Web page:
Excluding Freak Detour, ImClone's Gain is Modest

The shares inch up on news its cancer drug, Erbitux, won FDA approval.
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Updated from 8:25 a.m. EST

ImClone

(IMCL)

drifted higher Friday, one day after the FDA approved its Erbitux for treatment of advanced colorectal cancer.

The shares were recently fetching $44.98 on Instinet, up $10.98, or 32% from their Thursday close -- although the size of the gain is being exaggerated because of freak trading in the shares Thursday. Erbitux was cleared under the FDA's accelerated review program, which allows the approval of products for life-threatening diseases based on early evidence of their effectiveness. ImClone said it expects the drug to be available to patients in two weeks.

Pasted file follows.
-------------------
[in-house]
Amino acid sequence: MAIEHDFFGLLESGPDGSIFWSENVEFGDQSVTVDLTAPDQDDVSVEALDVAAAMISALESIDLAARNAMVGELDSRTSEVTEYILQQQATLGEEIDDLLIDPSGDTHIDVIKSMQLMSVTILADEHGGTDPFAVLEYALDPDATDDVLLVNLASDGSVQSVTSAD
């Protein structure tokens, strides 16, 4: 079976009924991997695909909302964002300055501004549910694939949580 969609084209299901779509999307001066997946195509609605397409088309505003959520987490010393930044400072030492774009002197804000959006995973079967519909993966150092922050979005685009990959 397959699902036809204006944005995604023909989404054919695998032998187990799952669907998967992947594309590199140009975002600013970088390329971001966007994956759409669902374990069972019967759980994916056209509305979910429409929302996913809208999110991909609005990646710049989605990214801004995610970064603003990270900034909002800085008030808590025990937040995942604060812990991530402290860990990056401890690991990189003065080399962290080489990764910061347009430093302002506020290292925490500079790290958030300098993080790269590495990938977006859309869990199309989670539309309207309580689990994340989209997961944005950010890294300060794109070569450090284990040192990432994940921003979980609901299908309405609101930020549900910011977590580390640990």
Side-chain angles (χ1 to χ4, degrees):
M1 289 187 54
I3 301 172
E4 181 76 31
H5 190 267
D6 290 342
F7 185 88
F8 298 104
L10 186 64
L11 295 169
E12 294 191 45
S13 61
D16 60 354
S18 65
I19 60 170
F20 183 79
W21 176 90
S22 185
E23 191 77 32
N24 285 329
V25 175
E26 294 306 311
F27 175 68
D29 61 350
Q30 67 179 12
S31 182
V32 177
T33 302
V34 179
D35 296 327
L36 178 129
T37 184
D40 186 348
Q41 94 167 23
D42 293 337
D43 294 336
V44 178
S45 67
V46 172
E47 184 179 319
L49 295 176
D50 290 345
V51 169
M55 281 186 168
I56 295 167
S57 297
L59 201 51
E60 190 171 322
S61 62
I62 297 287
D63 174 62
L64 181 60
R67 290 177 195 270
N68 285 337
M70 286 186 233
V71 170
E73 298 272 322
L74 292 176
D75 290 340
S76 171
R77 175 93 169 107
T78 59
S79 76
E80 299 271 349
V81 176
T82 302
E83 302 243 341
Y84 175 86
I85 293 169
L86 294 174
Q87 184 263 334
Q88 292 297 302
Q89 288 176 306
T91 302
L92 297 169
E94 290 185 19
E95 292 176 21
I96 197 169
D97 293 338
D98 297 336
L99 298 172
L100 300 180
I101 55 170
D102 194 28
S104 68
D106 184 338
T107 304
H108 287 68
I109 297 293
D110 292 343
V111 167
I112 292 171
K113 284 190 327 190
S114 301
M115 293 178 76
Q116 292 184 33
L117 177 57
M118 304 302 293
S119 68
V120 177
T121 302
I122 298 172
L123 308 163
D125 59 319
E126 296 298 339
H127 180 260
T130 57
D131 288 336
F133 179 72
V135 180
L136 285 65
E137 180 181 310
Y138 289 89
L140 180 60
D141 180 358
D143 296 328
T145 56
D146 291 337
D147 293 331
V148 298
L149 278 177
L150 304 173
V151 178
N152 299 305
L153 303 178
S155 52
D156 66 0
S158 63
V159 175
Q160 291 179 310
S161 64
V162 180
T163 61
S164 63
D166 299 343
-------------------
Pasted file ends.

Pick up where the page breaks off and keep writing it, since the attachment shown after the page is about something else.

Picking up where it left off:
Howard Liang, one of a handful of analysts who follow ImClone, said Friday that Erbitux should get a boost from the FDA's approving it as a single therapy for colorectal cancer as well as for a combined therapy with the chemotherapy drug irinotecan. In both cases, the drug was approved for treating colorectal patients whose cancer had spread and/or who hadn't responded to other therapies.

The extra approval is "significant and not necessarily expected," Liang said in a research report to his clients. Liang of JMP Securities, predicts Erbitux could produce more than $150 million in sales this year and break the $1 billion sales mark in 2007.

Liang began tracking the stock in late January, and on Friday he maintained his market outperform rating on ImClone. He doesn't own shares; his firm is a market maker in the stock.

ImClone found itself engulfed in another controversy Thursday when its shares plunged more than $10 in the four minutes before the FDA's approval was disseminated and trading halted at about 1:34 p.m. EST. The

Securities and Exchange Commission

has directed the

Nasdaq

to investigate the plunge, which was eventually reversed when ImClone opened in Thursday's after-hours session.